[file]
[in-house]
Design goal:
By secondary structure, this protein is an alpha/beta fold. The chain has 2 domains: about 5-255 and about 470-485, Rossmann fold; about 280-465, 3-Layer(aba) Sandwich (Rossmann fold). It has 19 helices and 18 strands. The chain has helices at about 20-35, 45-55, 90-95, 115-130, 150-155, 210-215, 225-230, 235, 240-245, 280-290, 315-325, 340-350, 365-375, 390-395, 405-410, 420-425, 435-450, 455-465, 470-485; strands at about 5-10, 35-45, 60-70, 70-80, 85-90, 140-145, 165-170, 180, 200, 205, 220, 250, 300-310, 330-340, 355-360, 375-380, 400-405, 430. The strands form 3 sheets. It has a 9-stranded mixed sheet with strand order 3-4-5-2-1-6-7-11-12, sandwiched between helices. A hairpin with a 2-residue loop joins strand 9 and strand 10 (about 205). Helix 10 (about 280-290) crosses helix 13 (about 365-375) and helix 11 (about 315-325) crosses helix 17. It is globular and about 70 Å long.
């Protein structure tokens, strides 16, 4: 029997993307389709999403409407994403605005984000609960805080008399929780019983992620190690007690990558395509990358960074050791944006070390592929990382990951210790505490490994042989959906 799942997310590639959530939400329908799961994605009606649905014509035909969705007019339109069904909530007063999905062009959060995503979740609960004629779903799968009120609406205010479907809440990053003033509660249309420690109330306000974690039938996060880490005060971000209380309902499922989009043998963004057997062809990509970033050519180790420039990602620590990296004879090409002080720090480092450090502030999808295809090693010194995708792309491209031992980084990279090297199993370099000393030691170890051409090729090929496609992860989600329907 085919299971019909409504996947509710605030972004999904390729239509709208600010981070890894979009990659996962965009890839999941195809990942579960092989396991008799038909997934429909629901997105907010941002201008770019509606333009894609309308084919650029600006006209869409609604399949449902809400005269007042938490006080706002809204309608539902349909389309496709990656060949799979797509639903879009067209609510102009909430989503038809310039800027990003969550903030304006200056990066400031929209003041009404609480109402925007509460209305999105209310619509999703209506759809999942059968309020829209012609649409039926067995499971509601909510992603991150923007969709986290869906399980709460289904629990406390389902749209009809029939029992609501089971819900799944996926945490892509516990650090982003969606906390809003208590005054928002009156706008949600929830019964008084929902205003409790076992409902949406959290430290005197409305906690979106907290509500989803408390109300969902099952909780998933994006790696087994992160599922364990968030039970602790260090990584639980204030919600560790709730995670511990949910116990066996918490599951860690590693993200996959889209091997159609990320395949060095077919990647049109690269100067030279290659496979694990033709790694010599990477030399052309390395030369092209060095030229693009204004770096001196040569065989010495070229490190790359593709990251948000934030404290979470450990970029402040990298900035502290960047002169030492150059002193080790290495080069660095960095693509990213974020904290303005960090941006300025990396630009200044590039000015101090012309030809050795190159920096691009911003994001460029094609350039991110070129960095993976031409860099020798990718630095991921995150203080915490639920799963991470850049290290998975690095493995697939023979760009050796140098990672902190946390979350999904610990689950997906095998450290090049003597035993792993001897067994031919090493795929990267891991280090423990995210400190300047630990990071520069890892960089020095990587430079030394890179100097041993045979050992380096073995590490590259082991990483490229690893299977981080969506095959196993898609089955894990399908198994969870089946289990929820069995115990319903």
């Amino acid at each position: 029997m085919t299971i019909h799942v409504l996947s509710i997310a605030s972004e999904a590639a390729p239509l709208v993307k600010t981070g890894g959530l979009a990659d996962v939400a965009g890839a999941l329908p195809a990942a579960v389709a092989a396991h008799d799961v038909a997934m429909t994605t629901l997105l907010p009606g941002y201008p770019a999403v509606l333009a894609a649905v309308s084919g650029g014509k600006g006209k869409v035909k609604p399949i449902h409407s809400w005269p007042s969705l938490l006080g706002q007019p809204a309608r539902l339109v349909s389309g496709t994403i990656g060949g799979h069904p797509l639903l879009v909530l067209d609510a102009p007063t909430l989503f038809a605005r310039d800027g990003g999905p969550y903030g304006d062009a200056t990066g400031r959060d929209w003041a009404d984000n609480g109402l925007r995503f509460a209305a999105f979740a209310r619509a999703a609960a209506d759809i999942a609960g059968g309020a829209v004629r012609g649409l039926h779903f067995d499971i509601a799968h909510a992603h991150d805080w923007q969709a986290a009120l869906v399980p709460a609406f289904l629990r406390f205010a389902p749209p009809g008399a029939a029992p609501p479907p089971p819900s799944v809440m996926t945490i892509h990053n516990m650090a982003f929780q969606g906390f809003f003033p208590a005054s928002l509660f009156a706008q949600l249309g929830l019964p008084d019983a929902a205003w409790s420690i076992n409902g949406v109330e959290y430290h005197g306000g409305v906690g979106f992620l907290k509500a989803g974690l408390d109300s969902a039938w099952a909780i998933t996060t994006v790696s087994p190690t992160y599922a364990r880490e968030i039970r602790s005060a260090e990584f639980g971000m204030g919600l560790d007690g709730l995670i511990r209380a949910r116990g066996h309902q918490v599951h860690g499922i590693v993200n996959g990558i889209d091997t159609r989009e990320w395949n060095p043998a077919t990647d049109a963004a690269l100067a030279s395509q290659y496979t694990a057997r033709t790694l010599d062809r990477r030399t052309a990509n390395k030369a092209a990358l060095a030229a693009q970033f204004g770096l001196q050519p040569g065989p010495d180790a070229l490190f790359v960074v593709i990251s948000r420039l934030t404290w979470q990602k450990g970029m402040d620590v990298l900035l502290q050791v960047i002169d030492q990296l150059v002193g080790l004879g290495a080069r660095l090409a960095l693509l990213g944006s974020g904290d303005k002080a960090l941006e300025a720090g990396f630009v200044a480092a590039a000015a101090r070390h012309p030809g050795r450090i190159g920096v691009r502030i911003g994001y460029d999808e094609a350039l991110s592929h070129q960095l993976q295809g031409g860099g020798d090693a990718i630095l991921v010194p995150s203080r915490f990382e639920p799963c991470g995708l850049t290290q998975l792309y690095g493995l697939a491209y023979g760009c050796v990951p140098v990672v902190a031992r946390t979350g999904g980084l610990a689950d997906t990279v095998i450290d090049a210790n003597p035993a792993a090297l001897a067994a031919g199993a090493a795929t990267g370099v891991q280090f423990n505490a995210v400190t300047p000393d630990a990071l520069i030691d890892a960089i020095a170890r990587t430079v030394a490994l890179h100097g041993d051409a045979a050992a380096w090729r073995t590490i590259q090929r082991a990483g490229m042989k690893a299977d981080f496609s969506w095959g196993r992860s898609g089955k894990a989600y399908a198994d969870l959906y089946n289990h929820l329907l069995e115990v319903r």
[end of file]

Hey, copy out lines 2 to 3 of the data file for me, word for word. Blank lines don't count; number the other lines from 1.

Design goal:
By secondary structure, this protein is an alpha/beta fold. The chain has 2 domains: about 5-255 and about 470-485, Rossmann fold; about 280-465, 3-Layer(aba) Sandwich (Rossmann fold). It has 19 helices and 18 strands. The chain has helices at about 20-35, 45-55, 90-95, 115-130, 150-155, 210-215, 225-230, 235, 240-245, 280-290, 315-325, 340-350, 365-375, 390-395, 405-410, 420-425, 435-450, 455-465, 470-485; strands at about 5-10, 35-45, 60-70, 70-80, 85-90, 140-145, 165-170, 180, 200, 205, 220, 250, 300-310, 330-340, 355-360, 375-380, 400-405, 430. The strands form 3 sheets. It has a 9-stranded mixed sheet with strand order 3-4-5-2-1-6-7-11-12, sandwiched between helices. A hairpin with a 2-residue loop joins strand 9 and strand 10 (about 205). Helix 10 (about 280-290) crosses helix 13 (about 365-375) and helix 11 (about 315-325) crosses helix 17. It is globular and about 70 Å long.